In the autumn, lots of plants (especially trees) throw away their leaves. These are great for jumping in, but why do some plants do this? It seems like a waste. But actually, by dropping their leaves they are saving their nutrients for the next summer.
It’s been a good year for apples. Across Europe the apple harvest is the biggest it has been for a decade. But the handful of apple types you see on supermarket shelves only tells part of the story. There are actually 7,500 varieties of eating apple grown all over the world, and growers and scientists are making efforts to conserve and extend this.
Stripes are common in our lives. It’s a pretty basic pattern, and easy to take for granted. As an applied mathematician who studies how patterns form in nature, though, I am wowed by the striped patterns the zebrafish wears across its body and fins.
As a graduate student in the 1970s, microbiologist Richard Blakemore probably wasn’t expecting to discover a new bacterial species with a never-before-seen ability. While studying bacteria that live in muddy swamps, he observed that some tended to swim reliably toward the same geographical direction. Even when he rotated the microscope, they persisted in wiggling toward one direction. After confirming that their swimming behaviors were unaffected by light, Blakemore suspected they might be responding to the weak magnetic fields naturally present on Earth.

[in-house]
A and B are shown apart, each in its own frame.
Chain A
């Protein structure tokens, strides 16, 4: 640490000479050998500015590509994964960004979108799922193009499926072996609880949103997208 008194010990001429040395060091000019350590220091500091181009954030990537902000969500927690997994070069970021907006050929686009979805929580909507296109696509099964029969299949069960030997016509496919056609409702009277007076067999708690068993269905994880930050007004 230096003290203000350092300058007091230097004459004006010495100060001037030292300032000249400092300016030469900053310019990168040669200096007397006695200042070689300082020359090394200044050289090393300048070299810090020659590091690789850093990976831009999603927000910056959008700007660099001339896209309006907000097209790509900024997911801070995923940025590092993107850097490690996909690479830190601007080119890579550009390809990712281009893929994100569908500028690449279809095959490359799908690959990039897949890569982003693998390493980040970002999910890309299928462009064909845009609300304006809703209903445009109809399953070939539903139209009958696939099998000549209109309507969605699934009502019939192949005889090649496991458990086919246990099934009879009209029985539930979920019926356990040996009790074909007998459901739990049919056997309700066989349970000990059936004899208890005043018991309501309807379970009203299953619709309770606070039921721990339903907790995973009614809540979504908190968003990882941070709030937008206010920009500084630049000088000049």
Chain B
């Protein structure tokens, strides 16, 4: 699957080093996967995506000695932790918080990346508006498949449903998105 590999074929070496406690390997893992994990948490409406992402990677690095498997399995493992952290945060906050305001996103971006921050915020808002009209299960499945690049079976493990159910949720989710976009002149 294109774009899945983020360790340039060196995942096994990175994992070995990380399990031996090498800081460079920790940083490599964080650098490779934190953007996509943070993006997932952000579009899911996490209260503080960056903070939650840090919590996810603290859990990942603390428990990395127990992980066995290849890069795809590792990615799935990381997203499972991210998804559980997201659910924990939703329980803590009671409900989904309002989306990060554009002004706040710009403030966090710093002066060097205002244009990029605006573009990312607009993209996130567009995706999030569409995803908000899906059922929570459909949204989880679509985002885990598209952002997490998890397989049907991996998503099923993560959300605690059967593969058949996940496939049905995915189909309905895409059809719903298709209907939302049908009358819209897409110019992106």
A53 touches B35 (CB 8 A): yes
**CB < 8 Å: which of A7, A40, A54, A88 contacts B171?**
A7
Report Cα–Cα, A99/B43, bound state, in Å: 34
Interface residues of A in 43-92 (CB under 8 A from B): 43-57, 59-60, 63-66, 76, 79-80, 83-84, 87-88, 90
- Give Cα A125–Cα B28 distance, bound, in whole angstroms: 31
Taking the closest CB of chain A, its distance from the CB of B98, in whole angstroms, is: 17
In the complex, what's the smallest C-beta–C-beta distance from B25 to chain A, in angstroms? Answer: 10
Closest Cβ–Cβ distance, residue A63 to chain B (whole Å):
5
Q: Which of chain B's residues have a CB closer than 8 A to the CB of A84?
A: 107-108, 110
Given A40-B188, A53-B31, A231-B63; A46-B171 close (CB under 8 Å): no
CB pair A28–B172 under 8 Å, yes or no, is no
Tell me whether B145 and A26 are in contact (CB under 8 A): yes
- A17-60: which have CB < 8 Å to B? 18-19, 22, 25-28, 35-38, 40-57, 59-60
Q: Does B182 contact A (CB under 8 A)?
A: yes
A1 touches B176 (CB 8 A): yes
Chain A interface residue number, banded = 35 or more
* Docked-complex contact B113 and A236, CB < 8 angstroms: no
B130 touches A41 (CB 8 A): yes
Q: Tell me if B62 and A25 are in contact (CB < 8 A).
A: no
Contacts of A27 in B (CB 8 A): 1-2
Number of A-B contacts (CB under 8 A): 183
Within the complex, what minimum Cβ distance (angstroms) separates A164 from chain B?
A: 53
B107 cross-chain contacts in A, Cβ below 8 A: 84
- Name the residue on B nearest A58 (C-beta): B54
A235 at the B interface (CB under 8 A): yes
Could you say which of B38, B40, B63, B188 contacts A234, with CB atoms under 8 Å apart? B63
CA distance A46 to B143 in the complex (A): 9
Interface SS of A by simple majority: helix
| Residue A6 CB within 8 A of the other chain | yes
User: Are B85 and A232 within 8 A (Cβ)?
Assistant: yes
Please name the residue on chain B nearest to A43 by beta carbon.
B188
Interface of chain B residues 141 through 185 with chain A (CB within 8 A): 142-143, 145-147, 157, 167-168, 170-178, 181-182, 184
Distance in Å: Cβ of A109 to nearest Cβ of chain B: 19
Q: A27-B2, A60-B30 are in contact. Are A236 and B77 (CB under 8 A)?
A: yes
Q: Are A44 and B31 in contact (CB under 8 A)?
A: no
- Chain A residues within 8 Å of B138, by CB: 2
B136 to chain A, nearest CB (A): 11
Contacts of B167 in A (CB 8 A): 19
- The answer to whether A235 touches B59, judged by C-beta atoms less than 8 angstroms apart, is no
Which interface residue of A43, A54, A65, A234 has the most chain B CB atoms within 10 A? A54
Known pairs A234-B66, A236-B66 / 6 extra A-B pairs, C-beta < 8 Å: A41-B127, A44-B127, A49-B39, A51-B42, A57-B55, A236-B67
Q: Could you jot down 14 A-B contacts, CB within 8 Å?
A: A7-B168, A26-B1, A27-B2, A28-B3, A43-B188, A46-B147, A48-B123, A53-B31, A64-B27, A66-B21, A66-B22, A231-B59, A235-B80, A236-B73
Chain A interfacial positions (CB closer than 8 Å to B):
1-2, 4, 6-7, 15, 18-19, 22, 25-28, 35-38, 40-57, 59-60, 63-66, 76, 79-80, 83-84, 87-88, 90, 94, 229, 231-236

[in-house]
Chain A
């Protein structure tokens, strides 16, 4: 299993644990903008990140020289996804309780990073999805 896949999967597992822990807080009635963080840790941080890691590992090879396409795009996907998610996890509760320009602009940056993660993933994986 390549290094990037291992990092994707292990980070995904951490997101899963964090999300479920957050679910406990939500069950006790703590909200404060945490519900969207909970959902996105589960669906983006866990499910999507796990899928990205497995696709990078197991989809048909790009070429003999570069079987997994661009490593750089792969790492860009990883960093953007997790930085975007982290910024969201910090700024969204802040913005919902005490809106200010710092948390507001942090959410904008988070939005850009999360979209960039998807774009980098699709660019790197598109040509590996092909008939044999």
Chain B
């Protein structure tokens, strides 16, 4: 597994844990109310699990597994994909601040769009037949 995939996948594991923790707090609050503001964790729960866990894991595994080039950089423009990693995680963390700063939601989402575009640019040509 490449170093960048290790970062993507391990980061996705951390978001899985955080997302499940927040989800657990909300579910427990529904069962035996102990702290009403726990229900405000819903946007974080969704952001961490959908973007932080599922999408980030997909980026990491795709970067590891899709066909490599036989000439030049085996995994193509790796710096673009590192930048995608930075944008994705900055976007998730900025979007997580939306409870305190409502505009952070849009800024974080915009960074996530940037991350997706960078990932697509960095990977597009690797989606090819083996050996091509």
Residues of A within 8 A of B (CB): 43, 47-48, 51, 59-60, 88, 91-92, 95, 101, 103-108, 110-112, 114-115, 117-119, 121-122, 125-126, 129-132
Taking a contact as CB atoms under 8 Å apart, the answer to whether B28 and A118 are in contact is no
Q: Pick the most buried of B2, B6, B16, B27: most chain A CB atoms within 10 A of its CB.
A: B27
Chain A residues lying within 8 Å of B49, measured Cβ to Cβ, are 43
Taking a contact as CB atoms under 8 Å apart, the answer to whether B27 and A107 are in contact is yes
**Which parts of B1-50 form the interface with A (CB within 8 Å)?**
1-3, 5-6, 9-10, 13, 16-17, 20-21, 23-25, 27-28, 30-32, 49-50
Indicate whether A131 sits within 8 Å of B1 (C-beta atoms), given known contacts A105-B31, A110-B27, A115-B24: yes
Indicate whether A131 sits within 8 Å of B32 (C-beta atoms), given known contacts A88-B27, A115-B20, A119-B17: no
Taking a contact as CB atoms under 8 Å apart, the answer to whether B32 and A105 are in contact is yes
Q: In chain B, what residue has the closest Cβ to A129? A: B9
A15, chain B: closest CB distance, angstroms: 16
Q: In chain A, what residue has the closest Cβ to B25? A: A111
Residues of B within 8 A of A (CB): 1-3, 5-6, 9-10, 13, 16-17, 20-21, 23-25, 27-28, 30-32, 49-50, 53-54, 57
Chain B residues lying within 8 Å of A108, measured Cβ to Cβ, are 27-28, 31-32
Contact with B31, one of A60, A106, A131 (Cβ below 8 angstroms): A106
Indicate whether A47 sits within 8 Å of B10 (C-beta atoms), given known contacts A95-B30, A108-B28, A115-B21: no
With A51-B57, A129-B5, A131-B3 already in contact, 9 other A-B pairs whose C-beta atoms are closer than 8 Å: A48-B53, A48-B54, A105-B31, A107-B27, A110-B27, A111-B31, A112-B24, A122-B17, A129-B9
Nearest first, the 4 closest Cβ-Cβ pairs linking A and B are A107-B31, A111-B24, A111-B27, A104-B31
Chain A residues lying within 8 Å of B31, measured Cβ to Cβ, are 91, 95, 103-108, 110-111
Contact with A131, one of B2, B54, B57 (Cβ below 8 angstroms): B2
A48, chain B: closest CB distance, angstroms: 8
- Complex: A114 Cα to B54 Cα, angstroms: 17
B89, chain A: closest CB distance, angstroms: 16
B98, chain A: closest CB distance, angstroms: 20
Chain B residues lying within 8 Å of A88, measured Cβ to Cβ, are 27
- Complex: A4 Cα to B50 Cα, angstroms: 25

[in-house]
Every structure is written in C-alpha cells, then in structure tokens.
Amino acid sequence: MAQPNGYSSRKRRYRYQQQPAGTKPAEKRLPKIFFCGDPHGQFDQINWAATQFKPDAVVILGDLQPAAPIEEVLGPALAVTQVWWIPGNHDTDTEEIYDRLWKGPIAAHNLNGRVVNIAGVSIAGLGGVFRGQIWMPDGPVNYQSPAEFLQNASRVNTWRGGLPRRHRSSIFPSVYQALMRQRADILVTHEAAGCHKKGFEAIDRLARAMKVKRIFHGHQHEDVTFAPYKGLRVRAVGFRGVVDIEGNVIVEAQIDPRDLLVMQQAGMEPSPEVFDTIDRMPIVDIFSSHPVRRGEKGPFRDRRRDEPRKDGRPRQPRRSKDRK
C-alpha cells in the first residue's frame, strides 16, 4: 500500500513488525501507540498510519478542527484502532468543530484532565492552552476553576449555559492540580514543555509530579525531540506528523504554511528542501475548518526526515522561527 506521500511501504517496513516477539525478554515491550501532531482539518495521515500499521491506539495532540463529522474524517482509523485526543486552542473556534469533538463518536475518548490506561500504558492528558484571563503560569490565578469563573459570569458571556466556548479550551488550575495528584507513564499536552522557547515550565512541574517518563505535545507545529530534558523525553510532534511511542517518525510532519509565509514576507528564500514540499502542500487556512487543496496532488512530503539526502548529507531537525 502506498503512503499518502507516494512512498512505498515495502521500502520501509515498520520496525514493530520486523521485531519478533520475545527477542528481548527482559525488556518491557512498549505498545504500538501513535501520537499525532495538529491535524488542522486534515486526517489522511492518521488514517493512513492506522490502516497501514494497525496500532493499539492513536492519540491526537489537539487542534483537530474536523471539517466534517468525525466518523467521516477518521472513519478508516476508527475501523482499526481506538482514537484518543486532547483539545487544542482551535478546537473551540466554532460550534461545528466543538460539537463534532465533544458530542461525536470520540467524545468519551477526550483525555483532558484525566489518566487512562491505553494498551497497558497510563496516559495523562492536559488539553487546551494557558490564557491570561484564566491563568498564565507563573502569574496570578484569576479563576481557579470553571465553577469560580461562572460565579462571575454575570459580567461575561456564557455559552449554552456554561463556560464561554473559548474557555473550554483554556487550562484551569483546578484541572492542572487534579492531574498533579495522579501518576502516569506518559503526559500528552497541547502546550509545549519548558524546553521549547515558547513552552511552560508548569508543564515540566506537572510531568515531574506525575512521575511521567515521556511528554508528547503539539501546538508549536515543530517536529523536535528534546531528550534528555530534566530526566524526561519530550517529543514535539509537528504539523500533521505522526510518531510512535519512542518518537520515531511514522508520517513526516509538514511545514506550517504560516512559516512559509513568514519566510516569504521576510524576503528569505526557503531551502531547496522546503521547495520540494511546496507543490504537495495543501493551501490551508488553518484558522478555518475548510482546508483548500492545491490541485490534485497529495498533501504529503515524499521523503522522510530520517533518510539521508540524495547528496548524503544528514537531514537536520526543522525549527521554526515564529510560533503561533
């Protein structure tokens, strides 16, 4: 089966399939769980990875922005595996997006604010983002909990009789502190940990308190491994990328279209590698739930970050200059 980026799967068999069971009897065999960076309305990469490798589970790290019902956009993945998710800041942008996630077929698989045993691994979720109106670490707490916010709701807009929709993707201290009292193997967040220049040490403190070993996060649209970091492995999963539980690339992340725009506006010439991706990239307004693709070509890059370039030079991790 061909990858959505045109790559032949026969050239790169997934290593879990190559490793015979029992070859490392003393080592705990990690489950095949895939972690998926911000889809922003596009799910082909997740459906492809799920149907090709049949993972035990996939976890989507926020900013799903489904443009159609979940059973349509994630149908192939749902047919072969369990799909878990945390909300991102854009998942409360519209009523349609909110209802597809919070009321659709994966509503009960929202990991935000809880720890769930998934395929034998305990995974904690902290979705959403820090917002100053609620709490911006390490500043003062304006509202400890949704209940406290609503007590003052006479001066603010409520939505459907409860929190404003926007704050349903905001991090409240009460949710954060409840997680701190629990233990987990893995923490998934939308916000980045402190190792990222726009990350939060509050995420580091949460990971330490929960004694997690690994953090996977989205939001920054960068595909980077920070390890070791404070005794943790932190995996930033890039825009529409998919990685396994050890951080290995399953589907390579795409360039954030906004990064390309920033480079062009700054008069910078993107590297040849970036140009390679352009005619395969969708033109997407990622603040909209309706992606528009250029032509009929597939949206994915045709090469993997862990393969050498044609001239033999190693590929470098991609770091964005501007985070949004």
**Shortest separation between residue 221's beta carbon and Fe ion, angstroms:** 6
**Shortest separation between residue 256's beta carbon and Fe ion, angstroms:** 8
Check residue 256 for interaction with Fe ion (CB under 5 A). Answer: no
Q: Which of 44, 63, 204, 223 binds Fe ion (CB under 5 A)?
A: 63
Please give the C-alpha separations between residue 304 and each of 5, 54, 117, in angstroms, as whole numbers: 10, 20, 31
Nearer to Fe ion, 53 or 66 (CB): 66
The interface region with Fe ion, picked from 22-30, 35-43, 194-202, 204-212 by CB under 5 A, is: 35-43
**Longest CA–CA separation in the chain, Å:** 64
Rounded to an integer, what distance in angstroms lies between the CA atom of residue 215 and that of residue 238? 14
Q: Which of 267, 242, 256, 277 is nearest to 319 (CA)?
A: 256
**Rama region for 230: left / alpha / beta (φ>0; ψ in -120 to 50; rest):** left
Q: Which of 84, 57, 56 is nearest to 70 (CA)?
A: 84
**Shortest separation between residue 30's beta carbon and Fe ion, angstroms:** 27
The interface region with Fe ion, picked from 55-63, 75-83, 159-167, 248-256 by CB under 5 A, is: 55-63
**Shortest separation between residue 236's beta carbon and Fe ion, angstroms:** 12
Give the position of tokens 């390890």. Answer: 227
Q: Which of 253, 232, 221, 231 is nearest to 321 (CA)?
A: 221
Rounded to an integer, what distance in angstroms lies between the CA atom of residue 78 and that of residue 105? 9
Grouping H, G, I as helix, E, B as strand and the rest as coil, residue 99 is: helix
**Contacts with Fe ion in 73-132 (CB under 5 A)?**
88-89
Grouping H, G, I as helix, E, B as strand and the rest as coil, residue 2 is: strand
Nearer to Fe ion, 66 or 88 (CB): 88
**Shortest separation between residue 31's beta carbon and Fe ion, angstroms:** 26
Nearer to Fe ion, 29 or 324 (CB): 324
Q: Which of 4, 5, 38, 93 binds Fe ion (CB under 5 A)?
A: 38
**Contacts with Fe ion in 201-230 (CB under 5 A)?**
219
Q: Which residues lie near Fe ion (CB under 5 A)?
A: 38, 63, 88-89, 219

Whilst this planet has gone cycling on according to the fixed law of gravity, from so simple a beginning endless forms most beautiful and most wonderful have been, and are being, evolved. So wrote Charles Darwin, in his On the Origin of Species. The origin and evolution of animals is one of the most fascinating questions in modern biology.
If you’ve ever seen a picture of a DNA molecule, you probably saw it in its famous B-form: two strands coiling around each other in a right-handed fashion to form a double helix. But did you know that DNA can change its shape?
When those first fat drops of summer rain fall to the hot, dry ground, have you ever noticed a distinctive odor? I have childhood memories of family members who were farmers describing how they could always “smell rain” right before a storm.
To make this familiar summer sound, the male cricket holds his nerve and “stridulates” – rubbing his back legs together in order to entice a female. He knows this makes him vulnerable. What a female cricket can find, so too can the predators and parasites that wish to consume or infect him.